11. Frank saved 20 cents the following week. With that how many stamps did he still need to open his account?
12. Frank saved 30 cents during the third week. After completing his first card, how much had he then, with which to start another $1.00 card?
13. If each of these 37 children were able to make an average saving of 5 cents per week for 42 weeks of the year, how much would each have to his credit at the end of the year?
14. How much would the total amount be for all of the 37 children for the 42 weeks?
16. If the amount saved by each of the 37 children averaged 10 cents for each of the 42 weeks, how much would the total credit be?
16. Madeline put $10.95 in her Postal Savings Account during the first year. How many cents per day did she save on the average each day to equal that amount in the 365 days?
Christmas Savings Clubs
The Christmas Savings Club is an easy way of saving money which, in many places, has become popular among boys and girls as well as older people. Perhaps you have been a member of such a club. The plans are much the same in all banks.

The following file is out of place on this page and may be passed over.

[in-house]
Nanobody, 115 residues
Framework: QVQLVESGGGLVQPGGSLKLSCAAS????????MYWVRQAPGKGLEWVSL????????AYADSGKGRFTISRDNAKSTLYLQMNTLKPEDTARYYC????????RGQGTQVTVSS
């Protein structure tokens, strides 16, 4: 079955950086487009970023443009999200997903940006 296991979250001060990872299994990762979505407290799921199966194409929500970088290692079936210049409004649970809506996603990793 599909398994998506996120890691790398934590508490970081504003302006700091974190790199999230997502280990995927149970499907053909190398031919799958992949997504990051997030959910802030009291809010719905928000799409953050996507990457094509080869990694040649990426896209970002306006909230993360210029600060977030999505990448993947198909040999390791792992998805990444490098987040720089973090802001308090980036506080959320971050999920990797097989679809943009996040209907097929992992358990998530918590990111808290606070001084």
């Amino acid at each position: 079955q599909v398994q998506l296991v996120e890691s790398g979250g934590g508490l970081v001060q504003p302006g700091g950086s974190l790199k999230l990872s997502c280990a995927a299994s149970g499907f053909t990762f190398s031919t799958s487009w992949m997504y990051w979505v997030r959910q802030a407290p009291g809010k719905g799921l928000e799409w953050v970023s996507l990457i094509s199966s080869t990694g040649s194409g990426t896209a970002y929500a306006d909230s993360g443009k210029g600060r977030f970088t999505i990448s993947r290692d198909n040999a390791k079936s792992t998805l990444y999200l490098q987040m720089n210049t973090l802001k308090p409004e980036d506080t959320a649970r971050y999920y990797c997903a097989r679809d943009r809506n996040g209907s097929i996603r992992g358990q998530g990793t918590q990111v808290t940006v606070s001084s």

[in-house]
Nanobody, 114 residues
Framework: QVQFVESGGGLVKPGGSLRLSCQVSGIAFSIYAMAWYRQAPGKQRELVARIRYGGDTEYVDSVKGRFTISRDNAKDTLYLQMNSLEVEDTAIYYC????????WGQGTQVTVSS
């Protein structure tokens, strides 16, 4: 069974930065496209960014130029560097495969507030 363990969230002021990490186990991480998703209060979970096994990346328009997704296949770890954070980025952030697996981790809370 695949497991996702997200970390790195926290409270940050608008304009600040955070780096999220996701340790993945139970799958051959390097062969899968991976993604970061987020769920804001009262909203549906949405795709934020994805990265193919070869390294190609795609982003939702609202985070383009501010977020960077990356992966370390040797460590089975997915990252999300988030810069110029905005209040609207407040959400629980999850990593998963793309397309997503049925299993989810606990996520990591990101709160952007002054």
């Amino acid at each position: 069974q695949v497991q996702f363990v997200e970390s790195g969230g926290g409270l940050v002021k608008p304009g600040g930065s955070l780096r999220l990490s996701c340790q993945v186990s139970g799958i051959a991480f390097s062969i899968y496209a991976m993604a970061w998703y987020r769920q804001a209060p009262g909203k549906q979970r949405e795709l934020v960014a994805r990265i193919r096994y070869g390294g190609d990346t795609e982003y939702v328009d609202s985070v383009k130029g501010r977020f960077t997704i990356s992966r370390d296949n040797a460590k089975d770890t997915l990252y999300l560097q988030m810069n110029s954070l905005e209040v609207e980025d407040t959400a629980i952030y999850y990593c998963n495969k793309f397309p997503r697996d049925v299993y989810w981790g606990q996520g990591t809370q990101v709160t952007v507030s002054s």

In some, the club is formed the middle of December. Each person who joins puts into the bank a certain amount each week for fifty weeks. Then, two weeks before Christmas he receives a check for all he has paid in.
Try to get folders at local banks describing plans for Christmas and other savings clubs.
1. Mildred paid $0.25 a week for 50 weeks. How much did she receive two weeks before Christmas?
2. Her brother, two years older, saved $0.50 a week for the same length of time. How much did he receive from the Savings Club?
3. Richard paid 1 cent the first week, 2 cents the second week, 3 cents the third, and so on, increasing 1 cent a week for 50 weeks. Figure what he put in each week and find how much he saved altogether.
Put into 5 or more columns for adding instead of 1 column 50 numbers long.
4. In order to save time, Richard made his deposits once every five weeks in advance. Figure what he paid each time.
5. A boy who joins the class, paying 2 cents the first week, 4 cents the second, and increasing 2 cents each week for fifty weeks, receives how many times as much as Richard does? What is this amount?